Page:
FocusFollowsMouse is a paradigm for activating windows in a GUI: the active window (the one that will receive text if you type, for example) is defined not by which window is frontmost, but by which window the mouse pointer is over. If you look at the BeOS Focus Follows Mouse example, you will get a good idea:


Many Linux/Unix hackers love this; it is highly useful when dealing with multiple TerminalEmulator windows. MicrosoftWindows and AppleMacintosh users tend to find it terribly alien and confusing. (But MicrosoftWindows users who like it can get it by downloading the TweakUI powertoy and enabling the XMouse mode.)

There are several variations on this focus policy. A common one is known as SloppyFocus: in contrast to strict FocusFollowsMouse mode, where moving the mouse over the root window (outside of all application windows) causes no window to be focused, SloppyFocus means that the last focused window retains focus until the mouse pointer enters another window.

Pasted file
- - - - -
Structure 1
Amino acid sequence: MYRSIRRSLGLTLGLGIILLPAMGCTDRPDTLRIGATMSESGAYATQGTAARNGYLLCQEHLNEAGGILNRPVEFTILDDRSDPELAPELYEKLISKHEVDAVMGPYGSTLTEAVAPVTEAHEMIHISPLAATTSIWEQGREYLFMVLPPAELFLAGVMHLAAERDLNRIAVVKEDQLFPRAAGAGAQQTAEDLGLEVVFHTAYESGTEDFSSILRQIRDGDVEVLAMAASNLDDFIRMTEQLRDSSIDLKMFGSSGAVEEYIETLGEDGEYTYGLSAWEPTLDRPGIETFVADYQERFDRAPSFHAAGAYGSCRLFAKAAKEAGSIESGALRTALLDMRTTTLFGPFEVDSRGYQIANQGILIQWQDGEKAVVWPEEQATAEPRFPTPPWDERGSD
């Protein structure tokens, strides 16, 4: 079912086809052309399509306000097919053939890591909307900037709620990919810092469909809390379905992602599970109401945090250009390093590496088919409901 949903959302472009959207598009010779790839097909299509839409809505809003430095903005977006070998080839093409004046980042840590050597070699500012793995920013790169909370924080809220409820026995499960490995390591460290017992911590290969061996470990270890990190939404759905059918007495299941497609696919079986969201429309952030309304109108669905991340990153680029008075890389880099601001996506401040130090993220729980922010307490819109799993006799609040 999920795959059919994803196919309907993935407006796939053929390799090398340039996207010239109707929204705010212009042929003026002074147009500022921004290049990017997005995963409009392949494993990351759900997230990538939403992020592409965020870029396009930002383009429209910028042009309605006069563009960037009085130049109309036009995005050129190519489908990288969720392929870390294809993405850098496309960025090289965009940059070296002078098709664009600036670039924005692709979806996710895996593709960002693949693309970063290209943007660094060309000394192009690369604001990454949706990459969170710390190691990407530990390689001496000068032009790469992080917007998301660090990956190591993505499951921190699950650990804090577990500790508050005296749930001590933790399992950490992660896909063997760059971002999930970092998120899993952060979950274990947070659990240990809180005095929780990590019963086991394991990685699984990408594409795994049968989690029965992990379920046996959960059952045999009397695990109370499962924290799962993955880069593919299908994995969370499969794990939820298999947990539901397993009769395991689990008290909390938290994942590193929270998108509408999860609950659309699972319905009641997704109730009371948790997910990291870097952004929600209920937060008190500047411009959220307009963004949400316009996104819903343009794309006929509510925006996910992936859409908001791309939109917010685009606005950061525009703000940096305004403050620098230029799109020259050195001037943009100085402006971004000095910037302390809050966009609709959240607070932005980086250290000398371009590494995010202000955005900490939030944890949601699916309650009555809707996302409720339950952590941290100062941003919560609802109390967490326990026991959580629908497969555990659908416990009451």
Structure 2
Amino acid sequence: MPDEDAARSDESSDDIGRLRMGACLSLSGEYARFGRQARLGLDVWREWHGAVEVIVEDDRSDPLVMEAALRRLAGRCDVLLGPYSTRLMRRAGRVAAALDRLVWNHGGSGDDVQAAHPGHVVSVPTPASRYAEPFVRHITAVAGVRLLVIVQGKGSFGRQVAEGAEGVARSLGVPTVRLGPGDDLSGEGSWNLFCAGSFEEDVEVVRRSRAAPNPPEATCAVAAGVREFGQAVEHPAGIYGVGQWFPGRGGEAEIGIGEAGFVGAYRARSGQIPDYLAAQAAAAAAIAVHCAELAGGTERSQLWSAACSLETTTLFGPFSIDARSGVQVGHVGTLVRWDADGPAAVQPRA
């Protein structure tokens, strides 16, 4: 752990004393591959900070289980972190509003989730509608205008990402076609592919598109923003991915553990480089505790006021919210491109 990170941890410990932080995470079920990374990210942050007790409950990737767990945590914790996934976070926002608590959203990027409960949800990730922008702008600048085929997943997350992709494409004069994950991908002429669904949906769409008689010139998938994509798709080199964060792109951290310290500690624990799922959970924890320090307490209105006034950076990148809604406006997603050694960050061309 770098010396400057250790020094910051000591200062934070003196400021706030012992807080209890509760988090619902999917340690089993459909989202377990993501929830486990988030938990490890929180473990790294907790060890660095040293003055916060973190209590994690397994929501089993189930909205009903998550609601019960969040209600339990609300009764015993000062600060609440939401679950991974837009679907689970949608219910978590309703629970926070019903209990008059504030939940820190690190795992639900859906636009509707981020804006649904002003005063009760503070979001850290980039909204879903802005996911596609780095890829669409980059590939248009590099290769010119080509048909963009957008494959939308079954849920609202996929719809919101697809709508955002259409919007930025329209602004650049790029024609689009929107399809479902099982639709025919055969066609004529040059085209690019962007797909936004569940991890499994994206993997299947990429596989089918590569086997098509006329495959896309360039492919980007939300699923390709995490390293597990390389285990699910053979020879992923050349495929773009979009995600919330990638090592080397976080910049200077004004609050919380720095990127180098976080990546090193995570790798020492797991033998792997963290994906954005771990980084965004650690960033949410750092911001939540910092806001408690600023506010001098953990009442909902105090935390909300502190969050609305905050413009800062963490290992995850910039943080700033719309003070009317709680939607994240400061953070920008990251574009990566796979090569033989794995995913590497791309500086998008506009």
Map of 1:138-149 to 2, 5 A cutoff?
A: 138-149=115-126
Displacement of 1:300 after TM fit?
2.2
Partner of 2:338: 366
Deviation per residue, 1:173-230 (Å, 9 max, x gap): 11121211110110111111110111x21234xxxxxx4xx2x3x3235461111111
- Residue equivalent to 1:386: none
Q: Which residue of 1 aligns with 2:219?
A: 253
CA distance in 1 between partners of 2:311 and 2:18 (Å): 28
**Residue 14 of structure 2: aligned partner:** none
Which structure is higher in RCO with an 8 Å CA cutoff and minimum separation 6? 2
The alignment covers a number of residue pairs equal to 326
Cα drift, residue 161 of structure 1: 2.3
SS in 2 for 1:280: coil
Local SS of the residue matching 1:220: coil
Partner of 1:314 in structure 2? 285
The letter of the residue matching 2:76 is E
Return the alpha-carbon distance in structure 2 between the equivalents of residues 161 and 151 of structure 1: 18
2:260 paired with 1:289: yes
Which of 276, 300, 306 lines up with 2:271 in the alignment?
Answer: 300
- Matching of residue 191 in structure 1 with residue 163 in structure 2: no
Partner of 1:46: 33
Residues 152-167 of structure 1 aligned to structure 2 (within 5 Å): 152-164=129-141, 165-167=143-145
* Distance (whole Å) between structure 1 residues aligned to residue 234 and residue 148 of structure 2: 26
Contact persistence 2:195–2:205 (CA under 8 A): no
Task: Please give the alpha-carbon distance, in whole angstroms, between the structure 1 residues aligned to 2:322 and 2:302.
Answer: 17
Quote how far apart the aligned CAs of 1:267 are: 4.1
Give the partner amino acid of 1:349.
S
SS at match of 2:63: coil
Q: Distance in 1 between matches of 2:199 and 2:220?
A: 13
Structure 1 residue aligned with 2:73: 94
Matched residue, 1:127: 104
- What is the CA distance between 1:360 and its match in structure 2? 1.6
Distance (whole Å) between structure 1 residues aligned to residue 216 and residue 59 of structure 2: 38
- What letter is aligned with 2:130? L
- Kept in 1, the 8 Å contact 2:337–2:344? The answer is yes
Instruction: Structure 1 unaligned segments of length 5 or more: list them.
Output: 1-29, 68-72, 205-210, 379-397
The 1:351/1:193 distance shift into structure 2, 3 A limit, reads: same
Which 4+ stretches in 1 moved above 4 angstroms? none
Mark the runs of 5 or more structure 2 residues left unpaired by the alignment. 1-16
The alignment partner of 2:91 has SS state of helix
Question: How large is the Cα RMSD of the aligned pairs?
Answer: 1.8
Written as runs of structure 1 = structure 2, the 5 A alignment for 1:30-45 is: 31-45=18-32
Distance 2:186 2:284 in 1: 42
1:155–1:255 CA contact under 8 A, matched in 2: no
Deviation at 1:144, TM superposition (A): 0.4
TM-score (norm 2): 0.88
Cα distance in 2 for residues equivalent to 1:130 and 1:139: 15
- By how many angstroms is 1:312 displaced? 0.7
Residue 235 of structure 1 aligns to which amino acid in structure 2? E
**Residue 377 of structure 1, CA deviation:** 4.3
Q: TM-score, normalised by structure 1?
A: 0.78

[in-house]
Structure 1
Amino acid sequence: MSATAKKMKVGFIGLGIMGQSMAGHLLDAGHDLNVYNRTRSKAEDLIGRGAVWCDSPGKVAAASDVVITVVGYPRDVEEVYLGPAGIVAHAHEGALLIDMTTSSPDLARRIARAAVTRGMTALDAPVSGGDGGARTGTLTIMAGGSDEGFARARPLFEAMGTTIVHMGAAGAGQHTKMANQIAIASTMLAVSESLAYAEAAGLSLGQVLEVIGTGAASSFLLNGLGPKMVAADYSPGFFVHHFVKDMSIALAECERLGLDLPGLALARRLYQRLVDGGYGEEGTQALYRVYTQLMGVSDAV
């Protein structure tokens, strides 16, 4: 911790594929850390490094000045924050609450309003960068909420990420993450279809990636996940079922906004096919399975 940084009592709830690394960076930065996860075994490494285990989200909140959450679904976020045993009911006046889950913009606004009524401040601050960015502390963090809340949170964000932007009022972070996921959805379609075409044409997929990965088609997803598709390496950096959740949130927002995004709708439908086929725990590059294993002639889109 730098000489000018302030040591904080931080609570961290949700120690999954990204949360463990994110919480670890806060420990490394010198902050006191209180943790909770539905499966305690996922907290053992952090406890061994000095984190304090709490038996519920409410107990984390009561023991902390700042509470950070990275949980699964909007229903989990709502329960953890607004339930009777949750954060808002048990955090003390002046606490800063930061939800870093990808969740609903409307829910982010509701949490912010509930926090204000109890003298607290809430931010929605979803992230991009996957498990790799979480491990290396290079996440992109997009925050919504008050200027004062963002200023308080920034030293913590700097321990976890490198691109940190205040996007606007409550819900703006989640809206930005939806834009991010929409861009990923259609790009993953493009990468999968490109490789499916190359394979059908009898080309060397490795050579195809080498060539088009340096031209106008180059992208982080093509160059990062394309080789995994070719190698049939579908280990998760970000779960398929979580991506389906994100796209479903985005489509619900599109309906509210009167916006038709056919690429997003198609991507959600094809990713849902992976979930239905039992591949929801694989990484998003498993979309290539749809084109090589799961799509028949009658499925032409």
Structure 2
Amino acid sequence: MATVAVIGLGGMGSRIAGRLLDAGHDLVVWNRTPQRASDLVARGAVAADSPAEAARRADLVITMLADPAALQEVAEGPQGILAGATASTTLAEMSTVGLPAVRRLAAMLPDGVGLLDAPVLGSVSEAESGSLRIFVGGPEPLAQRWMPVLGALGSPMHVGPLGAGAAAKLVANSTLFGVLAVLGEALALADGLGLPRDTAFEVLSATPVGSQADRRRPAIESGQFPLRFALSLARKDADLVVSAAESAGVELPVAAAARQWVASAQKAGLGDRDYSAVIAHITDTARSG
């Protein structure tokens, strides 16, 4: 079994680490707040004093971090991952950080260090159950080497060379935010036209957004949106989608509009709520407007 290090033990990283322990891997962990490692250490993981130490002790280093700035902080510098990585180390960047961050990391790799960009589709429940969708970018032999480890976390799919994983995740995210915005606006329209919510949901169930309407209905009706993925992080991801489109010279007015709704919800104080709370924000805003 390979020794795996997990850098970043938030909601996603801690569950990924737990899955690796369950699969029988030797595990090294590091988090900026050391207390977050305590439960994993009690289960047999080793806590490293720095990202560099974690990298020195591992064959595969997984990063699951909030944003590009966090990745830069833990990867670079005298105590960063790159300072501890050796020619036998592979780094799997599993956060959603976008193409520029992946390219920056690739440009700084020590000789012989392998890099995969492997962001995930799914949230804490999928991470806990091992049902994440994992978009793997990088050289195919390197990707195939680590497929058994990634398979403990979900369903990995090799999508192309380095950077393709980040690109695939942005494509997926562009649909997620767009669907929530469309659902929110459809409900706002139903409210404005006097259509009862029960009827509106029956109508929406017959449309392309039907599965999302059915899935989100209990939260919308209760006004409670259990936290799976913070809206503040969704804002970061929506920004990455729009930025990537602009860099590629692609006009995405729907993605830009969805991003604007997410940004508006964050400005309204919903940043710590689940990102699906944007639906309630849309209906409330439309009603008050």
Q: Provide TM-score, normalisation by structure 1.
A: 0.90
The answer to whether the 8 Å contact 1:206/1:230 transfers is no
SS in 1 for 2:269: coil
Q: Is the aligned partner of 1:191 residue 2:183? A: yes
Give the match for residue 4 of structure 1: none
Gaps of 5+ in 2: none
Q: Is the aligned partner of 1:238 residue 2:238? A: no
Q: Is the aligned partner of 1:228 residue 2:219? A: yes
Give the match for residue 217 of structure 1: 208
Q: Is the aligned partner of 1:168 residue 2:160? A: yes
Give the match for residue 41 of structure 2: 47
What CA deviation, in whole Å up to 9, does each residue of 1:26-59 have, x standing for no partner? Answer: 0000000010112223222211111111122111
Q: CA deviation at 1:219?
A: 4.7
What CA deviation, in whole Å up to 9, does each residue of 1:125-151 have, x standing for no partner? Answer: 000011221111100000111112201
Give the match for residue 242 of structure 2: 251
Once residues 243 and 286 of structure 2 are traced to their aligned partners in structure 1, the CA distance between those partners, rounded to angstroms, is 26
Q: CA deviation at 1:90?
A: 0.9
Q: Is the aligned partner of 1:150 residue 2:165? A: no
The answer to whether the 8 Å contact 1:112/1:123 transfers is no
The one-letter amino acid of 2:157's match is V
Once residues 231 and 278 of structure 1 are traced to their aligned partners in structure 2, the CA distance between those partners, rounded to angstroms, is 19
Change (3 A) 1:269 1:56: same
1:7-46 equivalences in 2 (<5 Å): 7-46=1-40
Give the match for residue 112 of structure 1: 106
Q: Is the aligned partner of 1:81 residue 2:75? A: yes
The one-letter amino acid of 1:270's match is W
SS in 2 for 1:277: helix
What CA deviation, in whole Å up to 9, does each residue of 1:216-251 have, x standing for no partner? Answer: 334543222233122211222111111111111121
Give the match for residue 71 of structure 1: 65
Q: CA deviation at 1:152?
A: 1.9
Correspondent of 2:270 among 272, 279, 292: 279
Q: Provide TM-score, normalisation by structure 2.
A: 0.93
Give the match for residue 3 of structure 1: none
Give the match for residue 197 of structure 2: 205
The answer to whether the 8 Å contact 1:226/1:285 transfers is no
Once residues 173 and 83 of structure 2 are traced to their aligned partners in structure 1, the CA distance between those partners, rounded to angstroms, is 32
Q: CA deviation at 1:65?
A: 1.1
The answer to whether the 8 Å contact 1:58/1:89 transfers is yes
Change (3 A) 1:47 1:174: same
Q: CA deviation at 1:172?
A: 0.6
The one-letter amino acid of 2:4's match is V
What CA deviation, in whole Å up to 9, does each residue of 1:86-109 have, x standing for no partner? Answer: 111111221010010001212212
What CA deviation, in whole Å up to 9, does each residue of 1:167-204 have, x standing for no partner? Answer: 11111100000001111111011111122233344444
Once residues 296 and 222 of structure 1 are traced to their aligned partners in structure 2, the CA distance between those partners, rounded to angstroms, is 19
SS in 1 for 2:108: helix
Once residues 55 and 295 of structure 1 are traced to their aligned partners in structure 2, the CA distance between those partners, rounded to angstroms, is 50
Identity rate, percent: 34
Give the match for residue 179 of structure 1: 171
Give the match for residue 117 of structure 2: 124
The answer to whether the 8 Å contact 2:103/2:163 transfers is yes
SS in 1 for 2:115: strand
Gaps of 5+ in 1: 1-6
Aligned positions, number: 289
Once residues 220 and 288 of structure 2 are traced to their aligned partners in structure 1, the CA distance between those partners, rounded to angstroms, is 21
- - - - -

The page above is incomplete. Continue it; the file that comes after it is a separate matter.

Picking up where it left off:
FocusFollowsMouse is often combined with AutoRaise, where the focused window is raised after some delay (eg. 750ms). AutoRaise always involves a delay, as you obviously don’t want windows to come to the front just because the mouse pointer happened to travel across them.